A Reliable Guide to Cognitive Therapy. How to Change Negative Thinking

How to Write a Thought Record

There are 10 steps to a thought record. The first six steps help you understand your negative thinking. The next four steps help you develop healthier thinking and incorporate it into your life.

Write a thought record about any unpleasant experience that you would like to have handled differently. You can write about past or current experiences. Start with easy ones at first, and wait until you are more practiced before dealing with more uncomfortable experiences.

If you have any doubts about what to write about, discuss your plans with your doctor or therapist. Write a thought record every day for a month and see how much better you think and feel.

Thought Record Template


1. The situation. Briefly describe the situation you would like to have handled better. This will help you remember it later if you want to review your notes.

I made a mistake at work. I felt anxious and was reminded of past failures.

2. Initial thought. What thought first popped into your mind? This was probably a subconscious or automatic thought that you have had before.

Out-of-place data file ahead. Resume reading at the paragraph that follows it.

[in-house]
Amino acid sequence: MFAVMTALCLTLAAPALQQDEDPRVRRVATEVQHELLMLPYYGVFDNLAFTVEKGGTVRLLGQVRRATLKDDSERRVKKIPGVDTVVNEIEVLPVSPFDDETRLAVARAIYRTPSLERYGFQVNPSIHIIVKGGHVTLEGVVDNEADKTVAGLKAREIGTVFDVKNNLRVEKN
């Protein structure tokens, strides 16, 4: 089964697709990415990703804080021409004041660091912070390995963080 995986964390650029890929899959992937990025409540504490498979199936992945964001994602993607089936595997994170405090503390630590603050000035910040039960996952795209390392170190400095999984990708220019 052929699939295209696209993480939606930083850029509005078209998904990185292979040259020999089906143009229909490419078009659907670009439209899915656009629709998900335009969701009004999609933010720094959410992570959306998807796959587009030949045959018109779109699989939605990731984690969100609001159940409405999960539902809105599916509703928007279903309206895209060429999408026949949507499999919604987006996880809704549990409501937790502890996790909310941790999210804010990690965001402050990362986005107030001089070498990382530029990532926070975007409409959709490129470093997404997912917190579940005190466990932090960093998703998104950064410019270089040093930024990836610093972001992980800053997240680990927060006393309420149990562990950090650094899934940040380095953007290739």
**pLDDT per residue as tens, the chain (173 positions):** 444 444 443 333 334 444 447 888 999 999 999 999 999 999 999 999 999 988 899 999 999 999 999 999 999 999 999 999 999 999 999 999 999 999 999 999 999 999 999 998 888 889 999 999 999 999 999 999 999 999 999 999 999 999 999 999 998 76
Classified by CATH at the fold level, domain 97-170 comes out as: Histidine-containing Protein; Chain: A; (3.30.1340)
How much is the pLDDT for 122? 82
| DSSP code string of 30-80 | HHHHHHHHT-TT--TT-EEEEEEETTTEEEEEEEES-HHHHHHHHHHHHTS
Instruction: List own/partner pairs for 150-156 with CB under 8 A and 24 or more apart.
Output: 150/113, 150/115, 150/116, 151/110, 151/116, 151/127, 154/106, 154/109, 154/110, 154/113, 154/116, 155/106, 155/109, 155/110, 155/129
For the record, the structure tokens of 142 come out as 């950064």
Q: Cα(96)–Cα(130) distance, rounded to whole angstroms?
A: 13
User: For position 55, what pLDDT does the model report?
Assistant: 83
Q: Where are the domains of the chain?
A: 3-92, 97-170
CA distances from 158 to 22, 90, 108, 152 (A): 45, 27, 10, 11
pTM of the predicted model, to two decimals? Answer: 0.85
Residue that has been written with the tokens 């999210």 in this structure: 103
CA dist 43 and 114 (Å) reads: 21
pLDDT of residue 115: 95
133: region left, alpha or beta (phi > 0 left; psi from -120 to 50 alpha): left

I feel like a failure. If people knew the real me, they wouldn't like me.

3. Negative thinking. Identify the negative thinking behind your initial thought. Choose one or more from the list of common types of negative thinking.

This is self-labeling and disqualifying the positives.

4. Source of negative belief. Can you trace your thinking back to a situation or person? Is there a deep belief or fear driving your thinking? Search your heart.

I can hear the voice of my parent saying that I’m a failure and that I’ll never amount to anything.

5. Challenge your thinking. Look at the evidence both for and against your thinking. Have you been in a similar situation before? What did you learn from it? What strengths do you bring to this situation? Make sure you see the whole picture.

I'm hard on myself. I don't always succeed, but I do sometimes. People have complimented me on my work. I feel overwhelmed when I try to be perfect.

6. Consider the consequences. What are the short-term and long-term consequences if you continue to think like this? Look at the physical, psychological, professional, and emotional consequences.

I'm damaging my self-esteem. If I continue to think like this, my negativity will affect my relationships and possibly my health. I'll become exhausted.

7. Alternative thinking. The previous steps of the thought record helped you understand your thinking and lower your defenses. Now that you've considered the facts, write down a healthier way of thinking.

I don't have to succeed at everything. I can learn from my mistakes. I’m not a failure. I want to get rid of this negative thinking. I'm being hard on myself.

8. Positive belief and affirmation. Write down a statement that reflects your healthier beliefs. Find something that you can repeat to yourself.

A mistake is not failure. I am successful in many ways.